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IN MOZAMBIQUE, A NEW ADVENTURE IN AFRICA
BY MARK SEURING
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Alard’s high pitched
whooping sent a tingling down my spine, my hands clammy with excitement as I
stared. “There it is! This is what we came for!”
Our faithful old Ford aptly
named ‘Mozy’ came to a skidding halt, spilling the contents of our precious
beers onto our sweaty laps. Momentarily we were engulfed by dust, our eyes
straining to see... The three Mlema peaks suddenly reappeared, the perfect spire
shape of the first one holding our gaze, as it rose from the green Mozambican
landscape, reaching high into the liquid blue sky.
Our mission: to spend 4
weeks exploring northern Mozambique’s potential for rock climbing and to
pioneer the ascents of some of the granite domes for which this area, in
particular Nampula province, is known.
Mozambique’s massive size
is sadly paralleled by its level of poverty. A recent history of war has left
the country bare of any noteworthy economic infrastructure, despite its rich
natural resources. The people of the northern provinces in particular are solely
dependant on subsistence farming and small local markets selling necessities.
We had to be well prepared
for this trip into Africa, and so sucked up all the info, even the most trivial
morsel, on Nampula and Mozambique
from maps, books and the few people who had been there. We spent long nights
planning, motivating, joking ... doing anything to sway the probability
of a safe return in our favour.
Unlike most climbing trips,
where the actual climbing forms the most challenging part, on our Mozambique
adventure the danger from climbing ranked in at a cosy 5th place. Sure, an
accident on any climb no matter where you are, can be life threatening, but in
Mozambique we would be faced with
additional dangers such as: Landmines, a bitter remnant from the war and a
frighteningly real threat when bushwhacking to the base of a climb, wild roaming
bandits, malaria, cholera and other weird tropical diseases that can force a
trip to be aborted . The greatest concern was, however, the lack of decent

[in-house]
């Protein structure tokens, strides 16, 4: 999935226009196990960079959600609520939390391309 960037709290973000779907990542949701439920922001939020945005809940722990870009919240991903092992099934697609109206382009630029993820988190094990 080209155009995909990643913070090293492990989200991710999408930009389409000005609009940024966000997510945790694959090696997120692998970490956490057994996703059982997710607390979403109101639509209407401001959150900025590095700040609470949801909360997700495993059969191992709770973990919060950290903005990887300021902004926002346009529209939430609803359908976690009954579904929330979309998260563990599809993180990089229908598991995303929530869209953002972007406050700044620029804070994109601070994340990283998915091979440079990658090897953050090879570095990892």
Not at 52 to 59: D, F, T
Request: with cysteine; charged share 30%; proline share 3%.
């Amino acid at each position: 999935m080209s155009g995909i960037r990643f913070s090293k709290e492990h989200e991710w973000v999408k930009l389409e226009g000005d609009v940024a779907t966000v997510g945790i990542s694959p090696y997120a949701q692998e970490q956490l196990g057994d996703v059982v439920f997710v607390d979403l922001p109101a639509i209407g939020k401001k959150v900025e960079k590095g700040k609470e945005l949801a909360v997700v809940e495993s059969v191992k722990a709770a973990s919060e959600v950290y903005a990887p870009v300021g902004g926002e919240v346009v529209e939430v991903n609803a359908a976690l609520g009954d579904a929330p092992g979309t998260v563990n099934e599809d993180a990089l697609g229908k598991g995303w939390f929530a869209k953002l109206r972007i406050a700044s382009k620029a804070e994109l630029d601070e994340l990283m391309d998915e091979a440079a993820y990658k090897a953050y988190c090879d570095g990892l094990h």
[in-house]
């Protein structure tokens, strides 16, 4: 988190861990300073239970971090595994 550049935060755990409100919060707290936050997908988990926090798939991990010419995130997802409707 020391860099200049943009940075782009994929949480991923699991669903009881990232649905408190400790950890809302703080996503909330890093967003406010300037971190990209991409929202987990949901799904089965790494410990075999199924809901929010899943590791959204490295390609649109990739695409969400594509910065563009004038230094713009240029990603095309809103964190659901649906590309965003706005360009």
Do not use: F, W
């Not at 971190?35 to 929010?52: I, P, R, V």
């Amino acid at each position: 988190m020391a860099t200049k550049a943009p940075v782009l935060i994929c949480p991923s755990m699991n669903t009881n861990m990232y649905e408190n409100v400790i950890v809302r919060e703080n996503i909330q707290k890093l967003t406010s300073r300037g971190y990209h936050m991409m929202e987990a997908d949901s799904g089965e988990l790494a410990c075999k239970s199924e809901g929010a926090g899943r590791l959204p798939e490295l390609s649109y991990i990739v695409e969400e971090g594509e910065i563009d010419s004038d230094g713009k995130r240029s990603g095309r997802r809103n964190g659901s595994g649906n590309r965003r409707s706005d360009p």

medical facilities should something happen.
So, packed to the rear-view
mirror(no looking back from now on!) with extensive medical kit, weighty car
spares, food (including some luxuries like ‘hot-chocolate’) and the bare
minimum of climbing gear , a sponsored Ryobi petrol drill our most prized
possession, we headed north into the unknown.
Our first taste of
Mozambique was the 200km stretch through the Tete corridor, previously known as
the ‘gun-run’. Cars were only allowed through in convoy and with armed
escorts because of the fighting. Now, however, it seems quite safe, but the
destroyed buildings and bullet-riddled walls and the general lack of activity
along the road make for a fateful atmosphere. Here we had our first encounter
with the African brutality, not often understood by our western culture. Goats,
tied up, lying at the side of the road in the hot sun, bleating, only to be sold
and carried away on a bumpy bicycle. We hurried on through this bleak and
We decided to take the
southern route from Malawi into Mozambique, From Liwonde eastward on a track
which runs parallel to the railway-line for 50km’s. Three times the track was
blocked by old bridges with half their beams missing. Three times, by driving
extremely accurately, one mistake possibly leading to a fall into the river
below, we managed to navigate past these obstacles. By evening, we still hadn’t reached the Mozambique border
and were forced to ask at a Malawi Police Station for permission to camp. No
We had just settled into our
tent when the night duty officers disturbed us and demanded that we park the car
in their garage, hand over all the car papers, the car keys and our personal
documents, all for the sake of safety.
There was no alternative, as
our queries were met with aggression and a threat to throw us out. Seeing that
the prospect of spending the night next to the road was even more dangerous we
resigned ourselves to a sleepless night, always wondering what would happen.
Luckily nothing did and we collected our valuables the following morning and
headed off into Mozambique.
Once in Mozambique, the next
larger town is Cuamba. It is here that the mountains first appear and seem to
spread out in little clusters and solitary domes all the way east to the coast.
We had travelled 1600 km to get here and like true ‘Pavlovian climbers’, our
hands were sweaty with anticipation.
The smooth gravel road took
us eastward past some impressive mountain ranges which stoked our excitement as